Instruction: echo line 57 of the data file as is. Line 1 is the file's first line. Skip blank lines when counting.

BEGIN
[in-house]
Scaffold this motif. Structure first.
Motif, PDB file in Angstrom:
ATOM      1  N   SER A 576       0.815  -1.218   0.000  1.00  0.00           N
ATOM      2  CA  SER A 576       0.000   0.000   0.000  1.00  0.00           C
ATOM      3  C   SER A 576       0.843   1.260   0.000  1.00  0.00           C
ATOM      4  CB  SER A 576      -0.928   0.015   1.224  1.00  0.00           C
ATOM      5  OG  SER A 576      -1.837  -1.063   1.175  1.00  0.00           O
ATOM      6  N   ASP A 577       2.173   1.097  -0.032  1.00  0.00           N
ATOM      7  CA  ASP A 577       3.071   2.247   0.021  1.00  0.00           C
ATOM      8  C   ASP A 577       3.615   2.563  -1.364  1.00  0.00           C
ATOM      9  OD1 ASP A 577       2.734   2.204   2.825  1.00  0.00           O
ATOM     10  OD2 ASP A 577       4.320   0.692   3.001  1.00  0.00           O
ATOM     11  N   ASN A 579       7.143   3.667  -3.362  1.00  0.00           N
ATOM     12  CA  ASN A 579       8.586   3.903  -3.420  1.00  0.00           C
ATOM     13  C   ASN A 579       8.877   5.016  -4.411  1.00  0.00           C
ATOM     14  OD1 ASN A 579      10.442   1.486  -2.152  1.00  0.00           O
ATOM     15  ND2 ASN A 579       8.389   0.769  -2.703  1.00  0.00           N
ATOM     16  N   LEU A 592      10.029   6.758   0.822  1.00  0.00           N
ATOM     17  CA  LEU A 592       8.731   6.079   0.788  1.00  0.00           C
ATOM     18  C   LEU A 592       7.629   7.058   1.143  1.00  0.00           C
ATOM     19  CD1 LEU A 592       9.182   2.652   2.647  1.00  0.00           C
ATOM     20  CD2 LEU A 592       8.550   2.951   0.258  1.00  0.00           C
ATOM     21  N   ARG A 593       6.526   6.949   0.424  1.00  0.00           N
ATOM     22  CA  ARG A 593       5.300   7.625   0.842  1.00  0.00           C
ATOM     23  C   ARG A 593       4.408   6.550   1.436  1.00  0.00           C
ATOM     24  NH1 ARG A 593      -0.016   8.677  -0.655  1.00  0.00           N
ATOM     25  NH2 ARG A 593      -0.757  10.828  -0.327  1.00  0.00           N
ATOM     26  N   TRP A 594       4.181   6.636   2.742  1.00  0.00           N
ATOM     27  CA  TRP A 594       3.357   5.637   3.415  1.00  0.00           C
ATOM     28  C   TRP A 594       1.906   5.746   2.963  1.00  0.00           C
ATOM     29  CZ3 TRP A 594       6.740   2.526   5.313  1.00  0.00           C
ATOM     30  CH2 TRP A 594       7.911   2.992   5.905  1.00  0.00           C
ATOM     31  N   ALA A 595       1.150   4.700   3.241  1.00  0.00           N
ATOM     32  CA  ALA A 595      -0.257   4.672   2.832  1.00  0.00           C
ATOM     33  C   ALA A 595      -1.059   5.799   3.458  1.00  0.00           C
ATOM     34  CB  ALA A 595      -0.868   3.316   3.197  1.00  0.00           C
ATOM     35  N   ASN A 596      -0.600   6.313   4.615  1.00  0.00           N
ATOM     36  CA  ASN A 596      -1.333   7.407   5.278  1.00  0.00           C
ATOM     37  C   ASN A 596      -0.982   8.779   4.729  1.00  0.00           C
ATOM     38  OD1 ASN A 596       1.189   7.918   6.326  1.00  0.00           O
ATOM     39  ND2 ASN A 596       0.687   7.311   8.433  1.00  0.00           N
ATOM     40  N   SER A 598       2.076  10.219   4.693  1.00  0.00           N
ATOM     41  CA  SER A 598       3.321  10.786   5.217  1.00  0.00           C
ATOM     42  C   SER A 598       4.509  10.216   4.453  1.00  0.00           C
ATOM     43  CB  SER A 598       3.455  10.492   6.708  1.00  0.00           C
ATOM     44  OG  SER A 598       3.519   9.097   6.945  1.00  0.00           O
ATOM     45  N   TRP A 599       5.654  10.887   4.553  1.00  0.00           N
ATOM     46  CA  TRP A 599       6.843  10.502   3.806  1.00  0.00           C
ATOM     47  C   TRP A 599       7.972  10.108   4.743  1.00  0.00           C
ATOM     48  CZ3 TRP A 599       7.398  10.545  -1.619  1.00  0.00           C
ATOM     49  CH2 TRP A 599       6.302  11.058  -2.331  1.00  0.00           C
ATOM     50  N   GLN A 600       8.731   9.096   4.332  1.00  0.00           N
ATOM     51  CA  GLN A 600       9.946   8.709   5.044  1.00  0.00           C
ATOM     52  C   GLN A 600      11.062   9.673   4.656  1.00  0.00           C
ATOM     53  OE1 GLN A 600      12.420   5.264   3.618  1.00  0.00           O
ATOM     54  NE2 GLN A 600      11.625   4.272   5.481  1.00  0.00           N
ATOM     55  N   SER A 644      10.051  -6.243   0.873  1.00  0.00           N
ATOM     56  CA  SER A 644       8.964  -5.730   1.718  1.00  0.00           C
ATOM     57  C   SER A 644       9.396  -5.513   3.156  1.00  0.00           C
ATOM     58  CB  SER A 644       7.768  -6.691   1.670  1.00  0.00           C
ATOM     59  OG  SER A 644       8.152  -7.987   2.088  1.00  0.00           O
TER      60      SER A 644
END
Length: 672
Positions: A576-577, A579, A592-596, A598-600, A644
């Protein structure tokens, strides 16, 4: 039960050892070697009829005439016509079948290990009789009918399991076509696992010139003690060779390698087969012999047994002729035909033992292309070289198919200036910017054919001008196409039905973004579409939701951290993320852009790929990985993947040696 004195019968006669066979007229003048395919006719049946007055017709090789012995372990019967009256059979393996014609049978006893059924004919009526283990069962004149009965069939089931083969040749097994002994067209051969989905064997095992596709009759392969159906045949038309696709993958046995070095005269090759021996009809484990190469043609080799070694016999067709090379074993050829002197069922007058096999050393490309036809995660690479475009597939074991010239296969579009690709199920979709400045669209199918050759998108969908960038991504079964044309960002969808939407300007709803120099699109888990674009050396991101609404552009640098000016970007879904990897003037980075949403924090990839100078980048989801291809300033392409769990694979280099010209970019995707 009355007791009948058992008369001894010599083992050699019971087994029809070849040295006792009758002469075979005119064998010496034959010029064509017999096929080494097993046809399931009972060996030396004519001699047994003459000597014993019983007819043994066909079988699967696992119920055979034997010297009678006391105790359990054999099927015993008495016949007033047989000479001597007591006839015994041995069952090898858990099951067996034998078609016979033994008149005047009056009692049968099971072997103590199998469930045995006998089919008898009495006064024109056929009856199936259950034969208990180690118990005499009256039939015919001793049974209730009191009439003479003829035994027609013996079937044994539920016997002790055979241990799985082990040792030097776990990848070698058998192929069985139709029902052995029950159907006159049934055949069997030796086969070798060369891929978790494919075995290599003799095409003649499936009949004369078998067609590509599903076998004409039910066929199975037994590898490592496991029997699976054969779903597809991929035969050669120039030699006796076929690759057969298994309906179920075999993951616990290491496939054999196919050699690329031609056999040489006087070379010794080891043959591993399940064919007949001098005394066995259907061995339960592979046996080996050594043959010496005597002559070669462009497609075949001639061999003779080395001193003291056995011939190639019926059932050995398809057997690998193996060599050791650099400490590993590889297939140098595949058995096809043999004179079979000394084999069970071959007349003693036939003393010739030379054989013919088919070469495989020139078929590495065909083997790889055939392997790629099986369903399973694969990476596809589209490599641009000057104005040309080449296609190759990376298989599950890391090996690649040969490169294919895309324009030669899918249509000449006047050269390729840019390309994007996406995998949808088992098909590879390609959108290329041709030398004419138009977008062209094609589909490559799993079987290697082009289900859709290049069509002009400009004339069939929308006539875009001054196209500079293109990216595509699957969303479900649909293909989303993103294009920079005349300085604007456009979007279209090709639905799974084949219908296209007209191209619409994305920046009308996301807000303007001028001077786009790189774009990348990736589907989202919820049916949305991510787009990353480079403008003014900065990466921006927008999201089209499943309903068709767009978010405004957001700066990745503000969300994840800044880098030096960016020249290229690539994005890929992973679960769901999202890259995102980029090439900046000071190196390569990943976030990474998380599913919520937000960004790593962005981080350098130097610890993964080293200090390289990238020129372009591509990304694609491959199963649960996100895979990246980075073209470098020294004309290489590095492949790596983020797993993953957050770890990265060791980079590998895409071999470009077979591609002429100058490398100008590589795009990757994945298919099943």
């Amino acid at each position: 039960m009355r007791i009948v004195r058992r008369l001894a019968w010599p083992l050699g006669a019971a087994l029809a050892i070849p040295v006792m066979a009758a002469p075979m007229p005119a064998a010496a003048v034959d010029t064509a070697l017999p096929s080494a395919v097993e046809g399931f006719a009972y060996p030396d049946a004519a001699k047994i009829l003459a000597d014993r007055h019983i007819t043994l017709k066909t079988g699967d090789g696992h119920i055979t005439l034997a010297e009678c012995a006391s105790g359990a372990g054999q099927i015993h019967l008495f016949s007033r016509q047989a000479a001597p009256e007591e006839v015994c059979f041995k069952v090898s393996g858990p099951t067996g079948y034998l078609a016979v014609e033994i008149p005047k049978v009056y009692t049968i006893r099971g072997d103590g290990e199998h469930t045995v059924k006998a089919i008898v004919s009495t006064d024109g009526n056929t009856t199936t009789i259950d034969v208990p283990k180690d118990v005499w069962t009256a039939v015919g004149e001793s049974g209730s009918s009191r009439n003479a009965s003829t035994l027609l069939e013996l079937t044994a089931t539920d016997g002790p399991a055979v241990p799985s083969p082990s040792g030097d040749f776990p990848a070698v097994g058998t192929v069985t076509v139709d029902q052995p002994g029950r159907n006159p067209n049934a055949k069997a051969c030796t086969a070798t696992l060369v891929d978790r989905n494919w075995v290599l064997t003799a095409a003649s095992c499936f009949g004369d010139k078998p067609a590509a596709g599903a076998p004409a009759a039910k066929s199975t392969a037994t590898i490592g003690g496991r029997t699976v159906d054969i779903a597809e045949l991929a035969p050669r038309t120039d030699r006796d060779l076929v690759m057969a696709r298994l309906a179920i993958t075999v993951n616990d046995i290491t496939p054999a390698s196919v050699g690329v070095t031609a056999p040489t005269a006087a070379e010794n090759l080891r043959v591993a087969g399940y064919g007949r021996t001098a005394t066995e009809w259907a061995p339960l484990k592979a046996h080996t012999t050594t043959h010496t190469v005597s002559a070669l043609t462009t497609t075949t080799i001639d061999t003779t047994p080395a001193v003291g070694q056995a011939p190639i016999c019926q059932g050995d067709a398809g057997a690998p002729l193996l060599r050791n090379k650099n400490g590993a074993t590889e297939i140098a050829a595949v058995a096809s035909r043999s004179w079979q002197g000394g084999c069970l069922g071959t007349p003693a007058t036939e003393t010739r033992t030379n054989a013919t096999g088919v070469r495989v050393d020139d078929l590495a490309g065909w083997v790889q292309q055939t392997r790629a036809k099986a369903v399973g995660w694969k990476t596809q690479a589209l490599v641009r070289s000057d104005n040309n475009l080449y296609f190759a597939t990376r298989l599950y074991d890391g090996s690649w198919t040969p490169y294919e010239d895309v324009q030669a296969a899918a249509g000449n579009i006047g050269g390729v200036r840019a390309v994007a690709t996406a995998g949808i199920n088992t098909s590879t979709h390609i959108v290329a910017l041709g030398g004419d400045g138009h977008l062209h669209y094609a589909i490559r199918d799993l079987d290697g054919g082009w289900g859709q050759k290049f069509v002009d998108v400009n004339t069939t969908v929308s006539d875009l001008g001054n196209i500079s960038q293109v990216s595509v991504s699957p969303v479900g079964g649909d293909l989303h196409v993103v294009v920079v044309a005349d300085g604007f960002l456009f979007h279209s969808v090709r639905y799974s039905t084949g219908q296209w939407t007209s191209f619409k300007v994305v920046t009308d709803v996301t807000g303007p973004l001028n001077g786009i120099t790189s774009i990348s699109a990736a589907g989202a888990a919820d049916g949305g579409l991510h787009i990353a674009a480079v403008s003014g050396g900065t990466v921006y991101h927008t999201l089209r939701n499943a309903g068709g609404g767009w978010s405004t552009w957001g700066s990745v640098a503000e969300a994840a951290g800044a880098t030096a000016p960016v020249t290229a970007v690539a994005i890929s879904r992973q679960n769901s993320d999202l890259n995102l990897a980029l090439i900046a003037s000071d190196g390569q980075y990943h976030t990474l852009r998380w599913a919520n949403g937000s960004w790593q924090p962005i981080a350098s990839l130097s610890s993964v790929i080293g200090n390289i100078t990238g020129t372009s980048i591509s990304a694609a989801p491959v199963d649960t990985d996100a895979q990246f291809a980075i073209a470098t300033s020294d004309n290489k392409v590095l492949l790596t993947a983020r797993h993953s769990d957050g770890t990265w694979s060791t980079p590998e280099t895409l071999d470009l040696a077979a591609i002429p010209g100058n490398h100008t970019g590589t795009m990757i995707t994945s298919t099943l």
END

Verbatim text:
ATOM     54  NE2 GLN A 600      11.625   4.272   5.481  1.00  0.00           N